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    Bit to Do

    Billy Name's photography to be shown at Art Sanctuary
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    Louisville is about to take a step back in time to 1965 Manhattan to celebrate famous artist Andy Warhol and his sidekick Billy Name with a tremendous retro party and art show kick off.

    Photographer Joe Mays and Art Sanctuary founder Lisa Frye have joined forces to produce a truly unique event to kick off their showing of Name’s prints of Warhol’s art  as part of Louisville's Photo Biennial.  Art Sanctuary's event space in Germantown will become the 1965 Manhattan "Warhol Factory" this Saturday October 3 for the psychedelic revival and 50th anniversary of Warhol's “Exploding Plastic Inevitable” (a series of artworks under a collective name.)

    “Joe’s very passionate about it all and knowledgeable about Warhol,” said Frye. “He has been wanting to produce an event likes this for years. We thought it was a great fit for the Biennial.”

    “It's not so much about me being into Andy Warhol's art itself as it is about my being fascinated with the environment of the Warhol factory,” explained Mays. “I have always been fascinated by communities of bohemians and outsiders, and the Warhol factory was one such environment. For a period of time in the late 60's, a lot of bohemians, artists, musicians, filmmakers, outcasts and outsiders came together and a lot of interesting collaborations happened.”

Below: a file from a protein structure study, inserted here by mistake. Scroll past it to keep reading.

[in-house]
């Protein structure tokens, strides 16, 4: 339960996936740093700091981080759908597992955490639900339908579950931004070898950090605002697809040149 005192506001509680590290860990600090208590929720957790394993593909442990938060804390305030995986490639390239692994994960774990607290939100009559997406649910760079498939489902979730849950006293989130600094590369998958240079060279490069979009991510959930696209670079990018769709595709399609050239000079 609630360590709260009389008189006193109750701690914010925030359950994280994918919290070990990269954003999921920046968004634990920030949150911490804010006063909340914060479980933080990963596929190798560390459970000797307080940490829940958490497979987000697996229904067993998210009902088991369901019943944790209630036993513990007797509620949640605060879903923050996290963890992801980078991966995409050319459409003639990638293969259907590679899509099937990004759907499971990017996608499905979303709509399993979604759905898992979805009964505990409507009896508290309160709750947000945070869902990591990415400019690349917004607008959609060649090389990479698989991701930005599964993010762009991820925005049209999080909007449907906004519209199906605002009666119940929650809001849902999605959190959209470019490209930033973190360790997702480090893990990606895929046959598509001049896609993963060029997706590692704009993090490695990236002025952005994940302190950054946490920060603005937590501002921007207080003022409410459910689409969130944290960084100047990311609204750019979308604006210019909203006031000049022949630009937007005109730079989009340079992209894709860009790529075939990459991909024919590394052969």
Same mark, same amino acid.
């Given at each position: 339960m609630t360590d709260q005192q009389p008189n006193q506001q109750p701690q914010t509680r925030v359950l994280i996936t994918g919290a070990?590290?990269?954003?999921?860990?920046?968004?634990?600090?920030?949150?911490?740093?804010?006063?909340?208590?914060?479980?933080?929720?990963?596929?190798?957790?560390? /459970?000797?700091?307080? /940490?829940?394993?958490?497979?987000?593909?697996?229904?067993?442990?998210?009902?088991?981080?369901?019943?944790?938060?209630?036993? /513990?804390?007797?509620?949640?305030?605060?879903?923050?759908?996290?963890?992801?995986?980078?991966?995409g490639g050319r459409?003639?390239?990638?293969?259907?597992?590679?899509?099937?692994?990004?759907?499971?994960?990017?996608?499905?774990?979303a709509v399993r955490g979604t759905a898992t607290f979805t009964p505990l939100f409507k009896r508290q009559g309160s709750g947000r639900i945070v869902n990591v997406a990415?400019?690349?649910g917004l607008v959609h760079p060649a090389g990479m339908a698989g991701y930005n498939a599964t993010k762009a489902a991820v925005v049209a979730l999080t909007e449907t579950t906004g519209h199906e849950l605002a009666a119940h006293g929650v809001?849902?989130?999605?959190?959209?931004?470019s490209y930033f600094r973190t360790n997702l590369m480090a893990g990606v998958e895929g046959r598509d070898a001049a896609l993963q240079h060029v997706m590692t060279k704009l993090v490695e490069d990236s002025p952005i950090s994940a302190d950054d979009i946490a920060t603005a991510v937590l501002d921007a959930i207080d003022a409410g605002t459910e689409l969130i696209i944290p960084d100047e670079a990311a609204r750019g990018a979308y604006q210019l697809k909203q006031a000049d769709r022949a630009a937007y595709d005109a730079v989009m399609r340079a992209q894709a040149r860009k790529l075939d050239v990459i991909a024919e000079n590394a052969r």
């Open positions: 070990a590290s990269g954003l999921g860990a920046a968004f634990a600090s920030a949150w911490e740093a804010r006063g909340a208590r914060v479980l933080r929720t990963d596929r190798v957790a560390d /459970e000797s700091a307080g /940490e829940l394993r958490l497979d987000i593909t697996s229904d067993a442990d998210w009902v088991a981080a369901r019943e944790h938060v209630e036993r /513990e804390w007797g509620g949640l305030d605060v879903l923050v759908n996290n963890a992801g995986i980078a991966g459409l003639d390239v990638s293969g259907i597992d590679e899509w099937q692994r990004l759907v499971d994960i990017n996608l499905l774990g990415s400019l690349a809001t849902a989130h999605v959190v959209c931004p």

From 1963 to 1970, photographer Billy Name was Andy Warhol's partner and decorated much of the art space known as The Warhol Factory.  “He was sort of the godfather to the people at the Warhol Factory, said Mays. "He documented much of the factory."

    Mays added that Name set up the equipment for Warhol's screen tests. A lot of his photos are of people like Bob Dylan and other visitors who came in and out of the factory. They became iconic. 
    "Name was also a silk screen artist and was one of only two people Warhol trusted to do silk screens of his art, “Mays added. “He had many silk screen photo prints of Warhol's art, so we are doing a show of his photo prints during the photo Biennial.  I think it’s very exciting that Louisville art collectors may be able to get their hands on these rare prints."